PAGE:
Reads a classifier from a FileStorage node.

C++: bool CascadeClassifier::read(const FileNode& node)


The file may contain a new cascade classifier (trained traincascade application) only.


Detects objects of different sizes in the input image. The detected objects are returned as a list of rectangles.

C++: void CascadeClassifier::detectMultiScale(InputArray image, vector<Rect>& objects, double scaleFactor=1.1, int minNeighbors=3, int flags=0, Size minSize=Size(), Size maxSize=Size())
C++: void CascadeClassifier::detectMultiScale(InputArray image, vector<Rect>& objects, vector<int>& numDetections, double scaleFactor=1.1, int minNeighbors=3, int flags=0, Size minSize=Size(), Size maxSize=Size())
C++: void CascadeClassifier::detectMultiScale(InputArray image, std::vector<Rect>& objects, std::vector<int>& rejectLevels, std::vector<double>& levelWeights, double scaleFactor=1.1, int minNeighbors=3, int flags=0, Size minSize=Size(), Size maxSize=Size(), bool outputRejectLevels=false )
Python: cv2.CascadeClassifier.detectMultiScale(image[, scaleFactor[, minNeighbors[, flags[, minSize[, maxSize]]]]]) → objects
Python: cv2.CascadeClassifier.detectMultiScale2(image[, scaleFactor[, minNeighbors[, flags[, minSize[, maxSize]]]]]) → objects, numDetections
Python: cv2.CascadeClassifier.detectMultiScale3(image[, scaleFactor[, minNeighbors[, flags[, minSize[, maxSize[, outputRejectLevels]]]]]]) → objects, rejectLevels, levelWeights
C: CvSeq* cvHaarDetectObjects(const CvArr* image, CvHaarClassifierCascade* cascade, CvMemStorage* storage, double scale_factor=1.1, int min_neighbors=3, int flags=0, CvSize min_size=cvSize(0,0), CvSize max_size=cvSize(0,0) )
  • cascade – Haar classifier cascade (OpenCV 1.x API only). It can be loaded from XML or YAML file using Load(). When the cascade is not needed anymore, release it using cvReleaseHaarClassifierCascade(&cascade).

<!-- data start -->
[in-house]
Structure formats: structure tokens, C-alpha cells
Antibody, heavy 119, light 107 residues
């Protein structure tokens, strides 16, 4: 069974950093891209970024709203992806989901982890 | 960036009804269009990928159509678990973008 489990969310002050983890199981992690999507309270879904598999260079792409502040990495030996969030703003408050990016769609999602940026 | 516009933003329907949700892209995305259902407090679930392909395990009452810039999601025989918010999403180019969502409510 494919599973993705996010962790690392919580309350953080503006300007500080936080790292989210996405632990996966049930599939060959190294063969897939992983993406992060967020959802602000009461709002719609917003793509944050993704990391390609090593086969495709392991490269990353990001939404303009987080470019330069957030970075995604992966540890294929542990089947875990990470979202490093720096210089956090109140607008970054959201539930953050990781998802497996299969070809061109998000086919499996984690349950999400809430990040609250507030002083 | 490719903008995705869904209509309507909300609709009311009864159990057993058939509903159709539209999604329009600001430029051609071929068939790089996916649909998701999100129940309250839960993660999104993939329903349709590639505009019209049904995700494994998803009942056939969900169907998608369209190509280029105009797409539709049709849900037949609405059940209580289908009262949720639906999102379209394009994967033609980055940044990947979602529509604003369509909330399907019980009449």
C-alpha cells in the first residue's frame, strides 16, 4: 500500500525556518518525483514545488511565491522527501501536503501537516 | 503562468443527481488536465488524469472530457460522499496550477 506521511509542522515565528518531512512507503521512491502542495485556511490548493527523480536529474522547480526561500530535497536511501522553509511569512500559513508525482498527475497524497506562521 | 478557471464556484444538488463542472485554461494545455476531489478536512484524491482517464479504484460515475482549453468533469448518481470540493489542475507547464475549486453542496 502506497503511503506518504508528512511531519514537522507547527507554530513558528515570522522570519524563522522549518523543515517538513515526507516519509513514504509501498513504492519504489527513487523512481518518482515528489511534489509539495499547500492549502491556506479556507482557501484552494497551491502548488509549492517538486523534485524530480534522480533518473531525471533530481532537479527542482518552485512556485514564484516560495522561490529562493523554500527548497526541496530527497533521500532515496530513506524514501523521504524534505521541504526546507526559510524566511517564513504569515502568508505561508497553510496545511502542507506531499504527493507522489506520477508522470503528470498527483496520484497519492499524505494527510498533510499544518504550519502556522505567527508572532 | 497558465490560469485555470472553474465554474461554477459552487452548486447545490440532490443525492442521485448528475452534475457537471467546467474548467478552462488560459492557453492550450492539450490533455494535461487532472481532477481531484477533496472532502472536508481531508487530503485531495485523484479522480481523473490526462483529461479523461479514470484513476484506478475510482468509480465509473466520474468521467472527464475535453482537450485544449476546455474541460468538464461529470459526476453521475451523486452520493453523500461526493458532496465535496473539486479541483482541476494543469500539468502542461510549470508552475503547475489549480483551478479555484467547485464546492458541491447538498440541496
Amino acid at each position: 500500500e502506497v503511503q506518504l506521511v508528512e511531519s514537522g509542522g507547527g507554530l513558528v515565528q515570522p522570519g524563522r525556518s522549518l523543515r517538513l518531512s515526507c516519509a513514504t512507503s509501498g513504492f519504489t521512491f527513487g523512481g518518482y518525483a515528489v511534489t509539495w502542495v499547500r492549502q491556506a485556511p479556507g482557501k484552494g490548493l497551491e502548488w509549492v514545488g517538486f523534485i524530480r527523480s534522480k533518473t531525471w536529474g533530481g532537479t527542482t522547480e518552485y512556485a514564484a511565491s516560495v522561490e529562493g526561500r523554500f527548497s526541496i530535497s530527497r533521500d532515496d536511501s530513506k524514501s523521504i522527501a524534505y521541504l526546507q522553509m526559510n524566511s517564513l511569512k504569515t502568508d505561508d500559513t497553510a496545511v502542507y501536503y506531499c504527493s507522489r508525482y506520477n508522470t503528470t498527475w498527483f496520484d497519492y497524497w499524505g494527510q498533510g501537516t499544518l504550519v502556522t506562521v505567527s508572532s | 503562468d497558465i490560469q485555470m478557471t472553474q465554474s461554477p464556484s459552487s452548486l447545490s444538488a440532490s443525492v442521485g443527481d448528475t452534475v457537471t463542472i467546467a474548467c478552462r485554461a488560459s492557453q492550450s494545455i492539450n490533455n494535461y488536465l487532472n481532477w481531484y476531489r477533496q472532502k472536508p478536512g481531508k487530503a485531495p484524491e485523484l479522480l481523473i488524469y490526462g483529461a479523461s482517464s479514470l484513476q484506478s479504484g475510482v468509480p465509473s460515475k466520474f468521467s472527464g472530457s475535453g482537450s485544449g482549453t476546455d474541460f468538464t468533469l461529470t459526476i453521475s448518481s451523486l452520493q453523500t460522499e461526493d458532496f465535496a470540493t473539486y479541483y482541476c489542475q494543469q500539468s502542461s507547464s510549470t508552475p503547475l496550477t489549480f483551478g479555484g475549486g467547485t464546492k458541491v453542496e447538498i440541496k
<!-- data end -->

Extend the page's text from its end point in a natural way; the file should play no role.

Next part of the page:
• image – Matrix of the type CV_8U containing an image where objects are detected.
  • objects – Vector of rectangles where each rectangle contains the detected object, the rectangles may be partially outside the original image.
  • numDetections – Vector of detection numbers for the corresponding objects. An object’s number of detections is the number of neighboring positively classified rectangles that were joined together to form the object.
  • scaleFactor – Parameter specifying how much the image size is reduced at each image scale.
  • minNeighbors – Parameter specifying how many neighbors each candidate rectangle should have to retain it.
  • flags – Parameter with the same meaning for an old cascade as in the function cvHaarDetectObjects. It is not used for a new cascade.
  • minSize – Minimum possible object size. Objects smaller than that are ignored.
  • maxSize – Maximum possible object size. Objects larger than that are ignored.
  • outputRejectLevels – Boolean. If True, it returns the rejectLevels and levelWeights. Default value is False.

The function is parallelized with the TBB library.


  • (Python) A face detection example using cascade classifiers can be found at opencv_source_code/samples/python2/


Groups the object candidate rectangles.

C++: void groupRectangles(vector<Rect>& rectList, int groupThreshold, double eps=0.2)
C++: void groupRectangles(vector<Rect>& rectList, vector<int>& weights, int groupThreshold, double eps=0.2)
Python: cv2.groupRectangles(rectList, groupThreshold[, eps]) → rectList, weights
  • rectList – Input/output vector of rectangles. Output vector includes retained and grouped rectangles. (The Python list is not modified in place.)
  • groupThreshold – Minimum possible number of rectangles minus 1. The threshold is used in a group of rectangles to retain it.
  • eps – Relative difference between sides of the rectangles to merge them into a group.

The function is a wrapper for the generic function partition() . It clusters all the input rectangles using the rectangle equivalence criteria that combines rectangles with similar sizes and similar locations. The similarity is defined by eps. When eps=0 , no clustering is done at all. If \texttt{eps}\rightarrow +\inf , all the rectangles are put in one cluster. Then, the small clusters containing less than or equal to groupThreshold rectangles are rejected. In each other cluster, the average rectangle is computed and put into the output rectangle list.